That capture of the Birk crossroads had imperiled the 108th Panzer Brigade in Bardenberg hardly was apparent when Colonel Cox's battalion of the 119th Infantry renewed the attack to clear the village soon after daylight on 10 October. The Germans fought back intensely, their tanks hidden in gardens and behind houses, the cellars turned into imitation pillboxes. An estimated ten to twenty half tracks mounting the pernicious multibarrel 20 mm. antiaircraft gun formed a protective screen that thwarted all attempts at infiltration. As darkness approached, Colonel Cox could point to little ground gained; only in the knowledge that the attack was making inroads on enemy strength was there consolation. During the day, for example, at Bardenberg, North Wuerselen, and Birk, 30th Division troops and artillery had knocked out twelve German tanks. Ingenious soldiers of the 120th Infantry had destroyed one with a captured Puppchen, a two wheeled bazooka.


At nightfall Colonel Sutherland reluctantly ordered withdrawal from Bardenberg to permit the artillery to pummel the enemy through the night without concern for friendly troops. In the meantime General Hobbs had become impatient to reopen the line of communications to the main body of the regiment at North Wuerselen so he could get on with the job of linking with the 1st Division. He decided to commit a fresh unit, the reserve battalion of the 120th Infantry.

Early on 11 October this battalion moved into Bardenberg against virtually no opposition. Not until reaching the southern half of the village did the battalion meet the grenadiers of the 108th Panzer Brigade with their ubiquitous tanks and half tracks. Here the battle was met, but the attrition of the preceding day and night and the commitment of a fresh American battalion had done the trick. The battalion commander himself, Maj. Howard Greer, made a sizable contribution in other than his command role by personally knocking out two tanks with a bazooka. The total bag of enemy armor was six tanks and sixteen half tracks. Though wounded, a squad leader, S. Sgt. Jack J. Pendleton, ensured the advance of his company by deliberately drawing the fire of an enemy machine gun. He gave his life in the process.31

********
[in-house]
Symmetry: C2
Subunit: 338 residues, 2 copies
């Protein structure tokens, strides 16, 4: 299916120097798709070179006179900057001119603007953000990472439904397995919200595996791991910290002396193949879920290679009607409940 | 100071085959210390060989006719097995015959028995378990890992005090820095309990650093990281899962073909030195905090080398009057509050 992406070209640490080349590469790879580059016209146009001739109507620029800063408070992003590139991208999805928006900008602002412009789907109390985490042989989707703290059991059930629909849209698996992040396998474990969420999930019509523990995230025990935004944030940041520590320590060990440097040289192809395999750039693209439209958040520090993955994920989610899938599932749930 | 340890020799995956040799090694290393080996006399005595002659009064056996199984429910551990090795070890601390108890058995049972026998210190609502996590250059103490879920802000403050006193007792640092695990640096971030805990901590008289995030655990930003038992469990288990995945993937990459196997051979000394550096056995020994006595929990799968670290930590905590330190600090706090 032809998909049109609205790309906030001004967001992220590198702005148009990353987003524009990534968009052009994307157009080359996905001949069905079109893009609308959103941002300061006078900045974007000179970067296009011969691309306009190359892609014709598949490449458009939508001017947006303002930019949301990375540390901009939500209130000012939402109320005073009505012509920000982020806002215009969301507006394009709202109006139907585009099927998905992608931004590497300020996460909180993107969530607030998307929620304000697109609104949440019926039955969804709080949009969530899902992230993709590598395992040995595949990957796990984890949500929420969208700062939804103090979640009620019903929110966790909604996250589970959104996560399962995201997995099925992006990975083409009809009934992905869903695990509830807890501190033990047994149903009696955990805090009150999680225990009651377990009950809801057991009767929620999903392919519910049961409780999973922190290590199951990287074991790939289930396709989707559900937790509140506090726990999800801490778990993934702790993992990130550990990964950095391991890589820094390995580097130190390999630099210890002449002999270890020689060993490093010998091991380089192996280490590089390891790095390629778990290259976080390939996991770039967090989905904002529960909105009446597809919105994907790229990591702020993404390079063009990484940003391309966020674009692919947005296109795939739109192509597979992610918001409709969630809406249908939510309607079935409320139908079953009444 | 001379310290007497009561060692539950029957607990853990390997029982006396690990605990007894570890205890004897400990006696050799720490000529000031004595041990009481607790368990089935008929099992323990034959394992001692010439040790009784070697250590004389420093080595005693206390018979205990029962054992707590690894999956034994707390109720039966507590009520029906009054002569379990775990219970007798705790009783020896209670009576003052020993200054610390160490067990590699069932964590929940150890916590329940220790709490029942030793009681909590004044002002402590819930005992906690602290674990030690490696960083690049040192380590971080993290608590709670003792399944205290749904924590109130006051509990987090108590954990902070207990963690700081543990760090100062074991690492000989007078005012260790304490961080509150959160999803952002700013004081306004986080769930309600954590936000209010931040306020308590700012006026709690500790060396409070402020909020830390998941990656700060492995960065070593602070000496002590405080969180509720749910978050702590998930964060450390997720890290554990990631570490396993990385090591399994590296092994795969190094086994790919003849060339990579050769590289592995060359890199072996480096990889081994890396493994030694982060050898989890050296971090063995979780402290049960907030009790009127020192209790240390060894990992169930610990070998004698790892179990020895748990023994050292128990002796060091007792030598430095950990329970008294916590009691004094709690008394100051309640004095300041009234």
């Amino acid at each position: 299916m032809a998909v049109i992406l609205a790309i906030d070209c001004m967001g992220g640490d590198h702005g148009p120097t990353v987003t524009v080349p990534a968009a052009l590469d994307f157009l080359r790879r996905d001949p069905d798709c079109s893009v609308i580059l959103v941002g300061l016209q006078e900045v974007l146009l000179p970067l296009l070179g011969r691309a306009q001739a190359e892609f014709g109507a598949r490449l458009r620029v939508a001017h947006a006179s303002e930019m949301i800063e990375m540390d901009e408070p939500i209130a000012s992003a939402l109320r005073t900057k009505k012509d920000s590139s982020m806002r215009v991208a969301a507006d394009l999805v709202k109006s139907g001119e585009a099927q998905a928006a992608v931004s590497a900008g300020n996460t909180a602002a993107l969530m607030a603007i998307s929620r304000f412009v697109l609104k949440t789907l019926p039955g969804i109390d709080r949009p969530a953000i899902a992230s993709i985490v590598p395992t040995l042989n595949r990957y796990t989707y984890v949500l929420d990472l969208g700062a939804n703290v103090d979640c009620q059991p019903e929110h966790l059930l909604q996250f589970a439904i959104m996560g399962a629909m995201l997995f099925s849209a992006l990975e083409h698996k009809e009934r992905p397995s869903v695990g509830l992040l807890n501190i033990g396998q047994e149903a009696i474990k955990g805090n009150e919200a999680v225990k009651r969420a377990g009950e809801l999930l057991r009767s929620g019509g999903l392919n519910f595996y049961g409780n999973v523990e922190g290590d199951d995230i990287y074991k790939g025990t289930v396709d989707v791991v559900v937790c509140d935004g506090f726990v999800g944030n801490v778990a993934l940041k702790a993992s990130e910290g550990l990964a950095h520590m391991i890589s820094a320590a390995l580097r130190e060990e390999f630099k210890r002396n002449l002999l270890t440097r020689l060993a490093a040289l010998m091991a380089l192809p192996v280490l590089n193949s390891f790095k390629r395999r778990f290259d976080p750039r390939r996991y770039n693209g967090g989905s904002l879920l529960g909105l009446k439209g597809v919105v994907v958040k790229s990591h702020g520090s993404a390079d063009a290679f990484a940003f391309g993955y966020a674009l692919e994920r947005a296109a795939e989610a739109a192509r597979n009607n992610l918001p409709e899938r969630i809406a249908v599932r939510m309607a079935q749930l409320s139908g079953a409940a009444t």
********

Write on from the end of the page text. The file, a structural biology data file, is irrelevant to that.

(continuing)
As the fight progressed in Bardenberg, expeditious use of artillery on other parts of the 30th Division front, the effect of the blocking position of the 120th Infantry at the Birk crossroads, and the action of four squadrons of IX Tactical Air Command fighter bombers prevented the Germans from sending help. Clearing weather enabled planes to operate for the first time in three days. By last light on 11 October both Bardenberg and the route to North Wuerselen were clear.

Commitment of the 120th Infantry's reserve battalion in Bardenberg absorbed the last infantry unit available in the 30th Division. This worried the division commander, General Hobbs, for reports of continued German build up with likelihood of a large scale thrust from east or southeast continued to come in. A worrisome but ineffective visit by the Luftwaffe added to General Hobbs's concern; attention from the long dormant Luftwaffe had been received with such increasing frequency of late that one hardly could miss the importance the Germans attached to this sector.32 Furthermore, one of the reports General Hobbs received indicated that the 116th Panzer Division might be arriving soon.